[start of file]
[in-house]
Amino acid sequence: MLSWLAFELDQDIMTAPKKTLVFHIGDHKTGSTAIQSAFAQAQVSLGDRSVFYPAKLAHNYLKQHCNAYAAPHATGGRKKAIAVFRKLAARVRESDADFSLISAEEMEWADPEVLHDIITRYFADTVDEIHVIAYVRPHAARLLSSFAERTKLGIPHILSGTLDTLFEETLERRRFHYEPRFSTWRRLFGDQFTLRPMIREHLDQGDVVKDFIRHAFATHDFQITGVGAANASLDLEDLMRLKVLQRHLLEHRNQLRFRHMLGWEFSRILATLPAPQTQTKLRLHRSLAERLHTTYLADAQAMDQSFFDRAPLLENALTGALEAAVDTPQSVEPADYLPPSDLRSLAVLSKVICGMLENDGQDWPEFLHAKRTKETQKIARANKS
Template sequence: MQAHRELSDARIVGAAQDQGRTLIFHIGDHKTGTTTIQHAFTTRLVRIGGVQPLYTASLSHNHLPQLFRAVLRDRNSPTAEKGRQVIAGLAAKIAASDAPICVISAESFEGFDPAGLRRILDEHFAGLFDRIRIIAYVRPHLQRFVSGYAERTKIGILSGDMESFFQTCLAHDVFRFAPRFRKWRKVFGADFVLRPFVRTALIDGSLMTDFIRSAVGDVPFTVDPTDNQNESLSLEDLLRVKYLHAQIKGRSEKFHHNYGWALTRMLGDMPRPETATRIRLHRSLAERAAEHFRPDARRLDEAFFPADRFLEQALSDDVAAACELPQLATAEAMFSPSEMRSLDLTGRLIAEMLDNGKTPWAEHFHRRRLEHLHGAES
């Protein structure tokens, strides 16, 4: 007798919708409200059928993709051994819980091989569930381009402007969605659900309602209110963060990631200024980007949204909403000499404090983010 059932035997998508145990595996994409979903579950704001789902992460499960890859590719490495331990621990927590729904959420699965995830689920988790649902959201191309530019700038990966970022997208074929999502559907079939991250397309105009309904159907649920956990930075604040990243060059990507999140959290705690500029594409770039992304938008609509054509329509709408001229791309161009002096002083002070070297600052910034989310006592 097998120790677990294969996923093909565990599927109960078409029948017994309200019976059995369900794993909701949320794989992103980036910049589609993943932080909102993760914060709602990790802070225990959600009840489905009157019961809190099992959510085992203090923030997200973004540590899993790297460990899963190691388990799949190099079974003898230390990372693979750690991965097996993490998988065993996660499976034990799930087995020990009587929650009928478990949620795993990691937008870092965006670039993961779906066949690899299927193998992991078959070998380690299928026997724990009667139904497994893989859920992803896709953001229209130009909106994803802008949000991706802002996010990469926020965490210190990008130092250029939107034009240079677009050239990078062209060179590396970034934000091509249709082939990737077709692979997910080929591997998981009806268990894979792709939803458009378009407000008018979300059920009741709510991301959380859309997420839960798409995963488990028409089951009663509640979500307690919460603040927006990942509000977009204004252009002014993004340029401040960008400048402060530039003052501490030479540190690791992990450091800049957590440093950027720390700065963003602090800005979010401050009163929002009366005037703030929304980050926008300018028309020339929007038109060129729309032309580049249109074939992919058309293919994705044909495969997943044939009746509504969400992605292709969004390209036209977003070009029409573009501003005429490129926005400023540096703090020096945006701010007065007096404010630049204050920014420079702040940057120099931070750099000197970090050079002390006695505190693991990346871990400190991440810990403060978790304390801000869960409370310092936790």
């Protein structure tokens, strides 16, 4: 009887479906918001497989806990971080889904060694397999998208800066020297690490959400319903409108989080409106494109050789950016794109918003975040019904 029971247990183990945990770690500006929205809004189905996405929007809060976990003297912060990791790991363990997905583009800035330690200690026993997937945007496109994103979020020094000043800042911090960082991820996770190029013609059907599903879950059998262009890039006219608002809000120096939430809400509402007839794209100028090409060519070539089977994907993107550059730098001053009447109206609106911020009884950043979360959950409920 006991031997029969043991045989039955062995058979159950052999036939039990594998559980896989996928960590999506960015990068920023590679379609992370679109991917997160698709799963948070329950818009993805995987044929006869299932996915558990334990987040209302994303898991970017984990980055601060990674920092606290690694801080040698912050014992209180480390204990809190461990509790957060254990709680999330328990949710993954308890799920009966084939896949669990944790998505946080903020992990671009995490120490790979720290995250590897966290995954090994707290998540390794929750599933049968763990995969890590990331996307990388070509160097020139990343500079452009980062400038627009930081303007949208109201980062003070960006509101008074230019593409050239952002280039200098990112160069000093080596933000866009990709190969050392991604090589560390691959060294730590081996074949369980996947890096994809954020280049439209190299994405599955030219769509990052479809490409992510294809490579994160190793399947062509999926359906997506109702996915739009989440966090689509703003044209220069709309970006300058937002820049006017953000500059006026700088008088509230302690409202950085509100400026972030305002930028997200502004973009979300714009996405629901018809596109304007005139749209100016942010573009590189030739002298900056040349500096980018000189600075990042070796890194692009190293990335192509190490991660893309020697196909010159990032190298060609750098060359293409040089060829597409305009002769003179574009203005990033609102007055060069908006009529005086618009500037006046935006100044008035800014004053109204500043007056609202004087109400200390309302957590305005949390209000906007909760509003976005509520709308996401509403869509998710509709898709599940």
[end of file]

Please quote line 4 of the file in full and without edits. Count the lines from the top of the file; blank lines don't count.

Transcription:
């Protein structure tokens, strides 16, 4: 007798919708409200059928993709051994819980091989569930381009402007969605659900309602209110963060990631200024980007949204909403000499404090983010 059932035997998508145990595996994409979903579950704001789902992460499960890859590719490495331990621990927590729904959420699965995830689920988790649902959201191309530019700038990966970022997208074929999502559907079939991250397309105009309904159907649920956990930075604040990243060059990507999140959290705690500029594409770039992304938008609509054509329509709408001229791309161009002096002083002070070297600052910034989310006592 097998120790677990294969996923093909565990599927109960078409029948017994309200019976059995369900794993909701949320794989992103980036910049589609993943932080909102993760914060709602990790802070225990959600009840489905009157019961809190099992959510085992203090923030997200973004540590899993790297460990899963190691388990799949190099079974003898230390990372693979750690991965097996993490998988065993996660499976034990799930087995020990009587929650009928478990949620795993990691937008870092965006670039993961779906066949690899299927193998992991078959070998380690299928026997724990009667139904497994893989859920992803896709953001229209130009909106994803802008949000991706802002996010990469926020965490210190990008130092250029939107034009240079677009050239990078062209060179590396970034934000091509249709082939990737077709692979997910080929591997998981009806268990894979792709939803458009378009407000008018979300059920009741709510991301959380859309997420839960798409995963488990028409089951009663509640979500307690919460603040927006990942509000977009204004252009002014993004340029401040960008400048402060530039003052501490030479540190690791992990450091800049957590440093950027720390700065963003602090800005979010401050009163929002009366005037703030929304980050926008300018028309020339929007038109060129729309032309580049249109074939992919058309293919994705044909495969997943044939009746509504969400992605292709969004390209036209977003070009029409573009501003005429490129926005400023540096703090020096945006701010007065007096404010630049204050920014420079702040940057120099931070750099000197970090050079002390006695505190693991990346871990400190991440810990403060978790304390801000869960409370310092936790």